- The Washington Times - Sunday, September 15, 2013

Jim Greer stood beside his desk in the small back office of Angus MacGregor’s Trading Post in Waldorf, Md., and rifled through several papers at the top of a file box.

In two weeks, he will be shuttering his firearms business and reopening in Pennsylvania, a state he said is much more welcoming to a firearms dealer than Maryland.

Wearing khaki camouflage pants and a green shirt that offsets his salt-and-pepper goatee, Mr. Greer held up three thick papers. They are expired Maryland firearms dealer licenses and are useless in Waldorf, but Mr. Greer has plans for them in Pennsylvania.

“I’ll use these for target practice,” he said.

Leaving the town he has called home for 24 years wasn’t always in the cards for the 55-year-old businessman, but it became a reality this year when he saw the direction state lawmakers wanted to take on gun control.

The Firearm Safety Act of 2013, passed by the Democrat-controlled General Assembly in April, is one of the most sweeping gun control packages in the country. The legislative package adds 45 guns to a list of banned assault weapons, limits handgun magazines to 10 rounds, and requires gun buyers to submit their fingerprints and obtain handgun qualification licenses.

The laws take effect Oct. 1, which is also the cutoff date for grandfathering firearms applications and purchases.

Mr. Greer trails off when he considers the impact of the laws and the resulting rush for gun purchases caused by the new rules.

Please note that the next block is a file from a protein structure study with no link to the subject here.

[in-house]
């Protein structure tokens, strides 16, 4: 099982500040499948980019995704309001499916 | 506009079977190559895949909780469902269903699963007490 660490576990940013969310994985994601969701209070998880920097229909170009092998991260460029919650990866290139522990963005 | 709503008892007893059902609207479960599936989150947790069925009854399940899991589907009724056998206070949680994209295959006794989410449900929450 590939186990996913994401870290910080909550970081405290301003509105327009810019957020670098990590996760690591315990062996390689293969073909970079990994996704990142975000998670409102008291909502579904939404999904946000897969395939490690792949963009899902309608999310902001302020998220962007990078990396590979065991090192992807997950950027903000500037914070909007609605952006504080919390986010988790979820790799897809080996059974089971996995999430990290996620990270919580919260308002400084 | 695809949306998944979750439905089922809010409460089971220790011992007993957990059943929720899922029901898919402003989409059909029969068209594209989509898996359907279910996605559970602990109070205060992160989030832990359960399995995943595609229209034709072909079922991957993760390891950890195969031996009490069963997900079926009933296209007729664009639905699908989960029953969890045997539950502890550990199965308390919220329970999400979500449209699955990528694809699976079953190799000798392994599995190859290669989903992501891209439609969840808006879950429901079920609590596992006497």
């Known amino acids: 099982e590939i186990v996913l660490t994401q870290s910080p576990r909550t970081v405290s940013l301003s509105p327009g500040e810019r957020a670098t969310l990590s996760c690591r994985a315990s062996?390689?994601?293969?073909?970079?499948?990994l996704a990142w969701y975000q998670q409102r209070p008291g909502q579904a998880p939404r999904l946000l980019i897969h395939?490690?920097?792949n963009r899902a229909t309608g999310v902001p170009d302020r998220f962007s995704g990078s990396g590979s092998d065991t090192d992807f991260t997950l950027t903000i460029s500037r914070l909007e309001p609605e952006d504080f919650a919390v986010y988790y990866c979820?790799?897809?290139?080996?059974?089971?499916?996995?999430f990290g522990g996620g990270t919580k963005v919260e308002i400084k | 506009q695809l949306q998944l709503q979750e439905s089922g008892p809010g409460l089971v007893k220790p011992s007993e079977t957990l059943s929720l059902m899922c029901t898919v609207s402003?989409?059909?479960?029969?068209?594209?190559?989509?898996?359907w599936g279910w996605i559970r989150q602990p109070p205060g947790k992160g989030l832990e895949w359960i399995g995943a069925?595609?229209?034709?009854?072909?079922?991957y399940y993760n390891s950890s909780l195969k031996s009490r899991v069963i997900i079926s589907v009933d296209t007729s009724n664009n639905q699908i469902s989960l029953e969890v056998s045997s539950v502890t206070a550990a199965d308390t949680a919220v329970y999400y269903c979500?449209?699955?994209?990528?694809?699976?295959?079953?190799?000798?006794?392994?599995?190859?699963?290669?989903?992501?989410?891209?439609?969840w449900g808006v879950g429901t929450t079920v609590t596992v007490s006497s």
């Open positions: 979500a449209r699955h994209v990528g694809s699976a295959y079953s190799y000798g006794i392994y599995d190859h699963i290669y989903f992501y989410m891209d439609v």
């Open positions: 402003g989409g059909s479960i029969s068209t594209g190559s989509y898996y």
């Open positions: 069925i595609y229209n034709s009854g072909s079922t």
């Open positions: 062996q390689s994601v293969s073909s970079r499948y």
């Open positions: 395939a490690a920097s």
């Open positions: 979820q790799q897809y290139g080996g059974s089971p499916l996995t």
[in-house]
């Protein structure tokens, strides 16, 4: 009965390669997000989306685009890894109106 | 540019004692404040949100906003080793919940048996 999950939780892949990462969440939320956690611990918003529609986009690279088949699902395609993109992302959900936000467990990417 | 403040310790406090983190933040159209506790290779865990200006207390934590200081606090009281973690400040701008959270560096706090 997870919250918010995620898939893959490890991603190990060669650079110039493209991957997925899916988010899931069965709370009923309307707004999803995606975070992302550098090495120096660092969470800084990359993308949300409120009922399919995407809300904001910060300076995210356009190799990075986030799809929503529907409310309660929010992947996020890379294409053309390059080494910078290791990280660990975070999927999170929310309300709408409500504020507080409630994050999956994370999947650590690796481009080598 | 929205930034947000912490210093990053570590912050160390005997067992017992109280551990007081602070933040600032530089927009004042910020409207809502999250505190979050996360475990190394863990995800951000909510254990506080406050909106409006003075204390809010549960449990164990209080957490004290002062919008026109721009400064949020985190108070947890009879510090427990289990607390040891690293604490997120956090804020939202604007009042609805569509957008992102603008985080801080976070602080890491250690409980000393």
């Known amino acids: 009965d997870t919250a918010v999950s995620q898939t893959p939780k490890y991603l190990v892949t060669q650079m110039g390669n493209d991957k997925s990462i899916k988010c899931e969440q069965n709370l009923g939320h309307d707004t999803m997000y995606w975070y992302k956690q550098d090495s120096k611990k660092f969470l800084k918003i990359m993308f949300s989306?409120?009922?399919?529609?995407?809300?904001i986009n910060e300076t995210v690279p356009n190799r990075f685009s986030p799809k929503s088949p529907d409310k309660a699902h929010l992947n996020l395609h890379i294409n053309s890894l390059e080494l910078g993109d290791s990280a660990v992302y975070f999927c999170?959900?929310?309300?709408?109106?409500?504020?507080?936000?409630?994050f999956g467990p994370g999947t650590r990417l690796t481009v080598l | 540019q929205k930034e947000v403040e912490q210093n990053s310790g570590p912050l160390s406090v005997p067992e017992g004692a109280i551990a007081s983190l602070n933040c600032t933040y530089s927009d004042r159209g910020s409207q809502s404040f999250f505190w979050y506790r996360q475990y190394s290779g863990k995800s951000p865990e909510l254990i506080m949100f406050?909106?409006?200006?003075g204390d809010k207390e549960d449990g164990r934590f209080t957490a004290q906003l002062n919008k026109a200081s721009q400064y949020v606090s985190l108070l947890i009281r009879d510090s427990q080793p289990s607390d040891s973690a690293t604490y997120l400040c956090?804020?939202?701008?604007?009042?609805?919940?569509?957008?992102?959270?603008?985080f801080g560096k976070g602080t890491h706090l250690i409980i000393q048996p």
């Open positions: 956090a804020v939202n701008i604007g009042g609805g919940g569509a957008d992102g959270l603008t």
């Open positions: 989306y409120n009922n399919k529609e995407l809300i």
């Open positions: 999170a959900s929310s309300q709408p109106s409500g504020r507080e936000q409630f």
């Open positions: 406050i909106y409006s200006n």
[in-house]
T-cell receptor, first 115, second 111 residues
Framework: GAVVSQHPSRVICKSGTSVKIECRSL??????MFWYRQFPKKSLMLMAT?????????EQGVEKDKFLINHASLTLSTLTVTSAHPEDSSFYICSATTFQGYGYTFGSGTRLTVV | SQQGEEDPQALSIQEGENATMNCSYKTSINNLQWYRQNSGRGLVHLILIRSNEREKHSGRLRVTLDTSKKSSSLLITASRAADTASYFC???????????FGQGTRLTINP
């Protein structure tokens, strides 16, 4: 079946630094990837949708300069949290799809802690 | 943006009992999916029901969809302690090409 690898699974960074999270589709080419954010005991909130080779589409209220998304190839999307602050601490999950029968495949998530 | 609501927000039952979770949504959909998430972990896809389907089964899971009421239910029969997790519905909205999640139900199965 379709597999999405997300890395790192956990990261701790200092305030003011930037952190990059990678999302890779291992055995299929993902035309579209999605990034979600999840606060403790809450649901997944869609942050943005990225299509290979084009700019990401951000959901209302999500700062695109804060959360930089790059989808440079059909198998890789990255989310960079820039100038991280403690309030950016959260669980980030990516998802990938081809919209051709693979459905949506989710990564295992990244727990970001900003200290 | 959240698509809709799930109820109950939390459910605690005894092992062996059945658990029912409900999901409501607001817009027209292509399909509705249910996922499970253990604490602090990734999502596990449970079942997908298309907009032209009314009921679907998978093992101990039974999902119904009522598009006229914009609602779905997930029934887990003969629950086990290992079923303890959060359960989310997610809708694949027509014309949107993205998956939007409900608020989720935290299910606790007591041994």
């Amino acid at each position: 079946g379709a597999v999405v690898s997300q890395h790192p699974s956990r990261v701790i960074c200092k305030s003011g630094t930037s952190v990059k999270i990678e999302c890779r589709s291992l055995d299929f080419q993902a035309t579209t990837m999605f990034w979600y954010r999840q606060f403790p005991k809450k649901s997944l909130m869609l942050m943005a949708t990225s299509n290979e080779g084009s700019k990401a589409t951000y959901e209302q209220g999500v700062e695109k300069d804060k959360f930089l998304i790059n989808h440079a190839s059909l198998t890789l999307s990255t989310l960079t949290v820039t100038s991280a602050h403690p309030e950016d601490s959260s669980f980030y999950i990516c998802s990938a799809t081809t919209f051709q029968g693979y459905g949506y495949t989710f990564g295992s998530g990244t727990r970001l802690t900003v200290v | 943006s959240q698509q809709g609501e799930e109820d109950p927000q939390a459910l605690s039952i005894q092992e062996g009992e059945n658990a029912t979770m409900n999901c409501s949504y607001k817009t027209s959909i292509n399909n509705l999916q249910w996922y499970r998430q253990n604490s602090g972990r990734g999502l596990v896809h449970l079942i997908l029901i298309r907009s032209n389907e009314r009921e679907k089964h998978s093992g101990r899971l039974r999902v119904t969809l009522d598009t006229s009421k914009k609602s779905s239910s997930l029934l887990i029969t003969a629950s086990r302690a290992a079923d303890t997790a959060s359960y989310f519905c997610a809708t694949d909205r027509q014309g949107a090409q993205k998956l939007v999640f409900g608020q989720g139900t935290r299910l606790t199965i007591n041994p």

“Not every store is in the same situation I am, but for a small-business guy like me. Once the bill went through the House and Senate and looked like it was actually going to pass, I saw that it was going to be impossible to make a living.”

For the past four years, Angus MacGregor’s Trading Post has kept a steady business selling firearms, accessories and ammunition from a two-story reconverted home in Waldorf. Until Saturday, the last day to buy guns from Mr. Greer’s Maryland store, the store’s gun room displayed an array of rifles and handguns.

On the opposite side of the house is a much smaller collection of model-train supplies, remnants of Mr. Greer’s original idea for a hobby store which opened 11 years ago.

“I did surprisingly well,” he said, adding that the tanking economy also brought bad times to the hobby market.

Forced to look for another source of income, Mr. Greer drew from a childhood interest. While growing up in Ithaca, N.Y., he collected guns from the Ithaca Gun Co. and knew there was room for another dealer in the Waldorf firearms market.

“I thought if I got my federal firearms license, it might help the business,” Mr. Greer said. “It worked. People were so happy to have another choice in town to buy guns. It was a welcome addition to the town.”

Gov. Martin O’Malley, a Democrat, proposed the firearms act in January after the mass shooting a month earlier at Sandy Hook Elementary School in Newtown, Conn.

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